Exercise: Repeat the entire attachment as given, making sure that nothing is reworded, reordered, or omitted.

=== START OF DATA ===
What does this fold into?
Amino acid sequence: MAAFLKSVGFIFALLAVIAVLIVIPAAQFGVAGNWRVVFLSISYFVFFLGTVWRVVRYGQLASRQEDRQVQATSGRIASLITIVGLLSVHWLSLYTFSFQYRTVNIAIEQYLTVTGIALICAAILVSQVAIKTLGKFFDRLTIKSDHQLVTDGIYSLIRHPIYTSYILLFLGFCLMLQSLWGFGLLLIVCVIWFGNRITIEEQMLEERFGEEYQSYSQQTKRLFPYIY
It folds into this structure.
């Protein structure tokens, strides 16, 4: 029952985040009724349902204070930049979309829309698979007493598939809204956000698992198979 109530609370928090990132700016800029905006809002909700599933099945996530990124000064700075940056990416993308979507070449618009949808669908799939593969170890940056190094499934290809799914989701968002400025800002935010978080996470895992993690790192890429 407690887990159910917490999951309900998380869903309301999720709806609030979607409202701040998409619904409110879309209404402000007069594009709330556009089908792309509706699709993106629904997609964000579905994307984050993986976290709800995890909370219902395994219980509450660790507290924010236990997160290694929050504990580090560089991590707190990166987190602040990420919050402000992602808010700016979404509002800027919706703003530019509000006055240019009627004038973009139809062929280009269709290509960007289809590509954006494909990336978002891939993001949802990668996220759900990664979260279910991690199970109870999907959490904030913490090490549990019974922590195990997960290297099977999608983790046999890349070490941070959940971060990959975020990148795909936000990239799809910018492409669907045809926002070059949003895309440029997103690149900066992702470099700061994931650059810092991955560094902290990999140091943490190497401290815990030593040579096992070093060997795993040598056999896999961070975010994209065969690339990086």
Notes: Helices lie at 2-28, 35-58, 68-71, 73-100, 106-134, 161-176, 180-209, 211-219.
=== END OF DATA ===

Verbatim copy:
What does this fold into?
Amino acid sequence: MAAFLKSVGFIFALLAVIAVLIVIPAAQFGVAGNWRVVFLSISYFVFFLGTVWRVVRYGQLASRQEDRQVQATSGRIASLITIVGLLSVHWLSLYTFSFQYRTVNIAIEQYLTVTGIALICAAILVSQVAIKTLGKFFDRLTIKSDHQLVTDGIYSLIRHPIYTSYILLFLGFCLMLQSLWGFGLLLIVCVIWFGNRITIEEQMLEERFGEEYQSYSQQTKRLFPYIY
It folds into this structure.
């Protein structure tokens, strides 16, 4: 029952985040009724349902204070930049979309829309698979007493598939809204956000698992198979 109530609370928090990132700016800029905006809002909700599933099945996530990124000064700075940056990416993308979507070449618009949808669908799939593969170890940056190094499934290809799914989701968002400025800002935010978080996470895992993690790192890429 407690887990159910917490999951309900998380869903309301999720709806609030979607409202701040998409619904409110879309209404402000007069594009709330556009089908792309509706699709993106629904997609964000579905994307984050993986976290709800995890909370219902395994219980509450660790507290924010236990997160290694929050504990580090560089991590707190990166987190602040990420919050402000992602808010700016979404509002800027919706703003530019509000006055240019009627004038973009139809062929280009269709290509960007289809590509954006494909990336978002891939993001949802990668996220759900990664979260279910991690199970109870999907959490904030913490090490549990019974922590195990997960290297099977999608983790046999890349070490941070959940971060990959975020990148795909936000990239799809910018492409669907045809926002070059949003895309440029997103690149900066992702470099700061994931650059810092991955560094902290990999140091943490190497401290815990030593040579096992070093060997795993040598056999896999961070975010994209065969690339990086």
Notes: Helices lie at 2-28, 35-58, 68-71, 73-100, 106-134, 161-176, 180-209, 211-219.